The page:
## Predictive Analytics Example 1: Linear Regression

Linear Regression allows for prediction of future occurrences derived from one explanatory variable, and one response variable.

library(knitr)
revenue <- freeny.x
kable(head(revenue))
lag quarterly revenue price index income level market potential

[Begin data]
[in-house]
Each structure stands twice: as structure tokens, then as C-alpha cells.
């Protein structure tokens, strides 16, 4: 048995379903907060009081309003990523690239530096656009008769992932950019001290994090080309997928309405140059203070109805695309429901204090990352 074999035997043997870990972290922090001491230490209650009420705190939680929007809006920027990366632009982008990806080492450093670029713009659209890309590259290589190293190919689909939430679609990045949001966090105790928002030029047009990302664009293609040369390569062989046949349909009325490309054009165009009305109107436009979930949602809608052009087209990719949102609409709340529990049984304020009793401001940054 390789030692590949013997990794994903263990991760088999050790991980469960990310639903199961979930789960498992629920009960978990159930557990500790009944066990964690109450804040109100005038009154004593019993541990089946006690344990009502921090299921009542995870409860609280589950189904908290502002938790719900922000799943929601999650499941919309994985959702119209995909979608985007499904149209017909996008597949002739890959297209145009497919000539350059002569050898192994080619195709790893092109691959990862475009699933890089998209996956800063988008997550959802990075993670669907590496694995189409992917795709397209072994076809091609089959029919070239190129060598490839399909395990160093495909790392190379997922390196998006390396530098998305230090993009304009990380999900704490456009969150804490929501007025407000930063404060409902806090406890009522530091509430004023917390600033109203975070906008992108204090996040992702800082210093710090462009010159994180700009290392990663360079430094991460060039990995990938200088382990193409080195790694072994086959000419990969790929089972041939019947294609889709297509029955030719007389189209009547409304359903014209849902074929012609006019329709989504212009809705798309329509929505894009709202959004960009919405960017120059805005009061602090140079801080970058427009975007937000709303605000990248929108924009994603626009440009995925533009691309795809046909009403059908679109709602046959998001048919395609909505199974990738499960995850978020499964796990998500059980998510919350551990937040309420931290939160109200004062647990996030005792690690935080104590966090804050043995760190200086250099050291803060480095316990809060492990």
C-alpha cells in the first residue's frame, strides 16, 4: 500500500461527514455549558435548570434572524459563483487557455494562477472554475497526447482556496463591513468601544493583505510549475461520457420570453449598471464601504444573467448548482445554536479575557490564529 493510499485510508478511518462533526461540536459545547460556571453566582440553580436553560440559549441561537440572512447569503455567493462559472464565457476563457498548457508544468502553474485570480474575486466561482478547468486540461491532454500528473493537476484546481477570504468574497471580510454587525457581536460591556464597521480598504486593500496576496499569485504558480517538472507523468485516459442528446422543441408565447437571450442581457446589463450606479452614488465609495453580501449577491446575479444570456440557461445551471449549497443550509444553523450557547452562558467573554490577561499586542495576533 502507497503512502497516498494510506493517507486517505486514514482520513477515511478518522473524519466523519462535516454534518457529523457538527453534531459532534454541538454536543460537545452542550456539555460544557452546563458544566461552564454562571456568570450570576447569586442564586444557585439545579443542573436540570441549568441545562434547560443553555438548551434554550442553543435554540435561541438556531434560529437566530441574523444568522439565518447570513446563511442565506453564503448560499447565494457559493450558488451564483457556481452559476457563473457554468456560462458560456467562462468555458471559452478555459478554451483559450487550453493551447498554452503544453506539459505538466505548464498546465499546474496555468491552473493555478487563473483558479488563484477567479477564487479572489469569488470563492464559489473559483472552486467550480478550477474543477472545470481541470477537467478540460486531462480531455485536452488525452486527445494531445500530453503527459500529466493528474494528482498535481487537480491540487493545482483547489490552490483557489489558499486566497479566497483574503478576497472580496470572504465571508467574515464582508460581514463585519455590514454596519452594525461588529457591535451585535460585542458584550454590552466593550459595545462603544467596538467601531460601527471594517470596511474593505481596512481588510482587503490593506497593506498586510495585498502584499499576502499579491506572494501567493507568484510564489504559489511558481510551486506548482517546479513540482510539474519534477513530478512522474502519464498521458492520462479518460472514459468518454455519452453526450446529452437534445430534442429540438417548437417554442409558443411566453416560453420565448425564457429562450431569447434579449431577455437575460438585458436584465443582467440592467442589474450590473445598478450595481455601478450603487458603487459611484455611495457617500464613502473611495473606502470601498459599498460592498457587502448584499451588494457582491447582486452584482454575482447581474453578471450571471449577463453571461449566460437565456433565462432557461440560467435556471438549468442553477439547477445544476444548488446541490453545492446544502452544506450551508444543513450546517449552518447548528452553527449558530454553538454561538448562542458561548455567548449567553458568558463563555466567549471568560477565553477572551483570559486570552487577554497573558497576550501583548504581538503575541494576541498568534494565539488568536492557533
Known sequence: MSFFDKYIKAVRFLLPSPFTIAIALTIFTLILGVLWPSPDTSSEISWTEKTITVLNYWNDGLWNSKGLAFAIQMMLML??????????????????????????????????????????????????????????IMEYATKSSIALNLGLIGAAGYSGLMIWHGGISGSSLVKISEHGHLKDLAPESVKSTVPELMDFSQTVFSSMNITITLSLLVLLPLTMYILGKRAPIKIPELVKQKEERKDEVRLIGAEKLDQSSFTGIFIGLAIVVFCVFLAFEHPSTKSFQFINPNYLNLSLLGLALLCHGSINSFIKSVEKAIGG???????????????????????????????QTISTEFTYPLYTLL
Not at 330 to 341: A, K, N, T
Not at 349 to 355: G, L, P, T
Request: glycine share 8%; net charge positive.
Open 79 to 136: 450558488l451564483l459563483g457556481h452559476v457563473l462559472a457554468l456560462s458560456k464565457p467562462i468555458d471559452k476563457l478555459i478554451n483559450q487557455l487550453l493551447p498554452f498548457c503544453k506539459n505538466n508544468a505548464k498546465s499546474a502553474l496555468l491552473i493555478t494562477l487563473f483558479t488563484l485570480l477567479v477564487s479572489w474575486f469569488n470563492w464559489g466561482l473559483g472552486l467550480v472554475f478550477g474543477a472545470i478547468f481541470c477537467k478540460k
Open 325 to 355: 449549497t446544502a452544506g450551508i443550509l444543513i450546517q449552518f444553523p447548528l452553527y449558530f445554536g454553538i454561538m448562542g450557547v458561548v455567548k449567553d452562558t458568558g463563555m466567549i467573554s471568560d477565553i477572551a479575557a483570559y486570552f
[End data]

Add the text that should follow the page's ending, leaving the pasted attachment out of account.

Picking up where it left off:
8.79636 4.70997 5.82110 12.9699
8.79236 4.70217 5.82558 12.9733
8.79137 4.68944 5.83112 12.9774
8.81486 4.68558 5.84046 12.9806
8.81301 4.64019 5.85036 12.9831
8.90751 4.62553 5.86464 12.9854
colnames(revenue) <- c("lag_quarterly_revenue", "price_index",
"income_level", "market_potential")
revenue <- data.frame(revenue)
model <- lm(market_potential~price_index, revenue)